What are Windgalls?
Soft synovial swellings that evolve just above and behind the horse’s fetlock joint are called windgalls. Also known as wind puffs, windgalls are the result of an over-secretion of joint fluid due to irritation in the surfaces or capsule of the joint. Windgalls can be seen in other joints and tendons and while they are a common occurrence in the front legs of a horse, they may also be seen in the hind legs of horses that participate in jumping. The size of windgalls often increase with the horse working.
Windgalls are synovial swellings that yield to pressure located just above and behind the horse’s fetlock joint, occurring as a result of irritation and too much joint fluid being secreted.
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Symptoms of Windgalls in Horses
Should your horse experience windgalls, you may see the following:
- Swellings that yield to pressure near his joints and tendons
- More rigid swellings in the fetlock area
- Change in your horse’s performance
- Lameness is unusual and will typically mean there is a more significant underlying issue
There are two types of windgalls in horses:
Most commonly occurring type, typically seen in middle aged horses who have put in hard work. Often the swelling is actually the membrane that lines the sheath becoming thickened, as opposed to fluid. This type is less likely to mean that there is real trouble for your horse than the other type. Some horses will experience these off and on.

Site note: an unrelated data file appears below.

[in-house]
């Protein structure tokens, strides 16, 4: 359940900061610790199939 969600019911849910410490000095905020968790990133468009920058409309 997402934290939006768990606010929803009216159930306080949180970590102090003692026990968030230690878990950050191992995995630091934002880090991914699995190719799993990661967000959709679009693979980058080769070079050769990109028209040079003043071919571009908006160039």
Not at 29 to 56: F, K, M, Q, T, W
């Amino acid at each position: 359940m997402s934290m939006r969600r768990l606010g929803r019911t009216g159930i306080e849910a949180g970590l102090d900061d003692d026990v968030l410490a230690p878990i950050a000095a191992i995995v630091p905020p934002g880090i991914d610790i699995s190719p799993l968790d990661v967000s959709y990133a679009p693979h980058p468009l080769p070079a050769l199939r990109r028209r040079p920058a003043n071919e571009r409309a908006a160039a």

These are more apt to indicate a disease in your horse. They occur in horses that are experiencing degenerative joint disease of the fetlock along with other traumatic conditions. Articular windgalls are also found in numerous horses who do not display any symptoms of lameness over a period of time, seen as firm protrusions in the middle of the cannon bone and the suspensory ligament. Articular windgalls can be seen in many show jumping horses whose fetlocks become stiff and unable to be flexed to the usual extent. Fortunately, horses appear to deal with these inflexible fetlocks well and are able to continue to function.
Causes of Windgalls in Horses
Windgalls are the result of irritation to the joint surfaces or joint capsules. In some cases, they are caused by excess tendon fluid being present in the tendon sheaths located behind the fetlock joint. The following factors may contribute to the development of windgalls in your horse:
- Overworking a young, heavy horse, particularly on hard surfaces
- Poor conformation
- Improper trimming of your horse’s hoof
- Ligament, tendon or joint capsule tears
- Articular cartilage in the joint being injured
Diagnosis of Windgalls in Horses
Diagnosing windgalls in your horse is typically not difficult. You may notice heat in the area of the swelling and your horse may display his discomfort upon your handling his fetlock. The tendon sheath may feel hard as the larger amount of fluid present may stretch it. Should you notice anything amiss, you will want to contact your veterinarian, who will conduct a physical examination of your horse. Upon examining him, your veterinarian will determine if additional testing should be conducted.